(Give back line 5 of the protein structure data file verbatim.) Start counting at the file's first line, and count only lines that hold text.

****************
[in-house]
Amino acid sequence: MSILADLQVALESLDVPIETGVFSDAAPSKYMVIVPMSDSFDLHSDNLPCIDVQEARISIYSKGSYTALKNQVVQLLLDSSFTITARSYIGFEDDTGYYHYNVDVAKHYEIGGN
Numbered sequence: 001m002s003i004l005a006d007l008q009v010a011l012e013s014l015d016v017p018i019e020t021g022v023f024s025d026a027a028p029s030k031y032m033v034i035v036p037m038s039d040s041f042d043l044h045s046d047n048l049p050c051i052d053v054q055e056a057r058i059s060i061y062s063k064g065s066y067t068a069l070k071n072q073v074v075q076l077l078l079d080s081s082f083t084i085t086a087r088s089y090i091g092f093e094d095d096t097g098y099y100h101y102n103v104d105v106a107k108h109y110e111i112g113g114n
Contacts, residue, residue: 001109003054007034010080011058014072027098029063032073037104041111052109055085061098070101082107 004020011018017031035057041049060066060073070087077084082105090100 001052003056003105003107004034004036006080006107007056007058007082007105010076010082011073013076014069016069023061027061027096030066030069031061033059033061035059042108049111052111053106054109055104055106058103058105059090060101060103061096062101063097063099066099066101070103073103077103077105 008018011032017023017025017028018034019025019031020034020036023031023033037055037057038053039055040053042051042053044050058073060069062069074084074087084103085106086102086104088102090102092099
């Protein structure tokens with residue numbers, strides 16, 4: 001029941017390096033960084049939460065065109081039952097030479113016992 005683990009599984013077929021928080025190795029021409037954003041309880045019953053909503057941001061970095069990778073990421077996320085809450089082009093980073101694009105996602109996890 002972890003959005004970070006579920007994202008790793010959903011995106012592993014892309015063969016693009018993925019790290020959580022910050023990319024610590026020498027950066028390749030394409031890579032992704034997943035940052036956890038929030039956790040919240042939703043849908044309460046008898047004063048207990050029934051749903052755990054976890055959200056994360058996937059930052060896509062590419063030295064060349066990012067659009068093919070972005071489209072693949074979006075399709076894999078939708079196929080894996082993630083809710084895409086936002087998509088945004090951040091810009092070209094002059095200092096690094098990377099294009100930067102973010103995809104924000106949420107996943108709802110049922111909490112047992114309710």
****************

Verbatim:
């Protein structure tokens with residue numbers, strides 16, 4: 001029941017390096033960084049939460065065109081039952097030479113016992 005683990009599984013077929021928080025190795029021409037954003041309880045019953053909503057941001061970095069990778073990421077996320085809450089082009093980073101694009105996602109996890 002972890003959005004970070006579920007994202008790793010959903011995106012592993014892309015063969016693009018993925019790290020959580022910050023990319024610590026020498027950066028390749030394409031890579032992704034997943035940052036956890038929030039956790040919240042939703043849908044309460046008898047004063048207990050029934051749903052755990054976890055959200056994360058996937059930052060896509062590419063030295064060349066990012067659009068093919070972005071489209072693949074979006075399709076894999078939708079196929080894996082993630083809710084895409086936002087998509088945004090951040091810009092070209094002059095200092096690094098990377099294009100930067102973010103995809104924000106949420107996943108709802110049922111909490112047992114309710």